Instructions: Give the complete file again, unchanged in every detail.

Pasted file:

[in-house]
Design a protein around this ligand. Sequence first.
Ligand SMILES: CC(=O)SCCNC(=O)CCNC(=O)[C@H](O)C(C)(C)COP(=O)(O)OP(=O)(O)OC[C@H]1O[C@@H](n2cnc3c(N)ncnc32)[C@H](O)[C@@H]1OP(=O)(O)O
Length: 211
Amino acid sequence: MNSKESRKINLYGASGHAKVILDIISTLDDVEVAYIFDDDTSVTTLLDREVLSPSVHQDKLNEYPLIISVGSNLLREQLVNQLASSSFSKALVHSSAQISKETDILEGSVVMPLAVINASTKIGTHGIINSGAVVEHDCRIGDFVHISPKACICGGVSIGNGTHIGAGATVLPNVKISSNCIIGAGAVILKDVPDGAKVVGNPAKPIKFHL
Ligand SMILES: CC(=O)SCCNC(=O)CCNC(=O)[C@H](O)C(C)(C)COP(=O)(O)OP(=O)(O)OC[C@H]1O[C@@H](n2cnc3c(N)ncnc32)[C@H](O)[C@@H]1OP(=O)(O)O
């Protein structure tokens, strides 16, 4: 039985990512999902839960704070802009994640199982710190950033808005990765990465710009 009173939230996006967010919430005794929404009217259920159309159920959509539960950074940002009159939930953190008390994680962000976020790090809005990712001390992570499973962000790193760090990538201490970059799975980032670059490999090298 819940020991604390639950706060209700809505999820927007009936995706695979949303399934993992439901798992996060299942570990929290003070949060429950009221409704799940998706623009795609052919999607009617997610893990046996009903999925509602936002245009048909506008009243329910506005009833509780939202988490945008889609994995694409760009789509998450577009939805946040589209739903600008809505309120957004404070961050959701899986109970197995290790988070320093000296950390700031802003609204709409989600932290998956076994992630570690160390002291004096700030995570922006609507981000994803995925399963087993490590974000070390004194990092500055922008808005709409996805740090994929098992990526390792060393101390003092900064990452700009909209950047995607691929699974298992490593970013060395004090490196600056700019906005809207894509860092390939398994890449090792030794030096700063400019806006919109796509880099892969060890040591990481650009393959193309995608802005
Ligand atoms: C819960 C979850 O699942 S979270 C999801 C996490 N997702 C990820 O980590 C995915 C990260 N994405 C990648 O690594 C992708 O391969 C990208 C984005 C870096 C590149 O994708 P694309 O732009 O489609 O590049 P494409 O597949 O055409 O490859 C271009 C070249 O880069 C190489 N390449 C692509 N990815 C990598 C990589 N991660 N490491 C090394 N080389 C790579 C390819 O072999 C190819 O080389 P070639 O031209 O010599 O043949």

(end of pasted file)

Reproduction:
[in-house]
Design a protein around this ligand. Sequence first.
Ligand SMILES: CC(=O)SCCNC(=O)CCNC(=O)[C@H](O)C(C)(C)COP(=O)(O)OP(=O)(O)OC[C@H]1O[C@@H](n2cnc3c(N)ncnc32)[C@H](O)[C@@H]1OP(=O)(O)O
Length: 211
Amino acid sequence: MNSKESRKINLYGASGHAKVILDIISTLDDVEVAYIFDDDTSVTTLLDREVLSPSVHQDKLNEYPLIISVGSNLLREQLVNQLASSSFSKALVHSSAQISKETDILEGSVVMPLAVINASTKIGTHGIINSGAVVEHDCRIGDFVHISPKACICGGVSIGNGTHIGAGATVLPNVKISSNCIIGAGAVILKDVPDGAKVVGNPAKPIKFHL
Ligand SMILES: CC(=O)SCCNC(=O)CCNC(=O)[C@H](O)C(C)(C)COP(=O)(O)OP(=O)(O)OC[C@H]1O[C@@H](n2cnc3c(N)ncnc32)[C@H](O)[C@@H]1OP(=O)(O)O
């Protein structure tokens, strides 16, 4: 039985990512999902839960704070802009994640199982710190950033808005990765990465710009 009173939230996006967010919430005794929404009217259920159309159920959509539960950074940002009159939930953190008390994680962000976020790090809005990712001390992570499973962000790193760090990538201490970059799975980032670059490999090298 819940020991604390639950706060209700809505999820927007009936995706695979949303399934993992439901798992996060299942570990929290003070949060429950009221409704799940998706623009795609052919999607009617997610893990046996009903999925509602936002245009048909506008009243329910506005009833509780939202988490945008889609994995694409760009789509998450577009939805946040589209739903600008809505309120957004404070961050959701899986109970197995290790988070320093000296950390700031802003609204709409989600932290998956076994992630570690160390002291004096700030995570922006609507981000994803995925399963087993490590974000070390004194990092500055922008808005709409996805740090994929098992990526390792060393101390003092900064990452700009909209950047995607691929699974298992490593970013060395004090490196600056700019906005809207894509860092390939398994890449090792030794030096700063400019806006919109796509880099892969060890040591990481650009393959193309995608802005
Ligand atoms: C819960 C979850 O699942 S979270 C999801 C996490 N997702 C990820 O980590 C995915 C990260 N994405 C990648 O690594 C992708 O391969 C990208 C984005 C870096 C590149 O994708 P694309 O732009 O489609 O590049 P494409 O597949 O055409 O490859 C271009 C070249 O880069 C190489 N390449 C692509 N990815 C990598 C990589 N991660 N490491 C090394 N080389 C790579 C390819 O072999 C190819 O080389 P070639 O031209 O010599 O043949």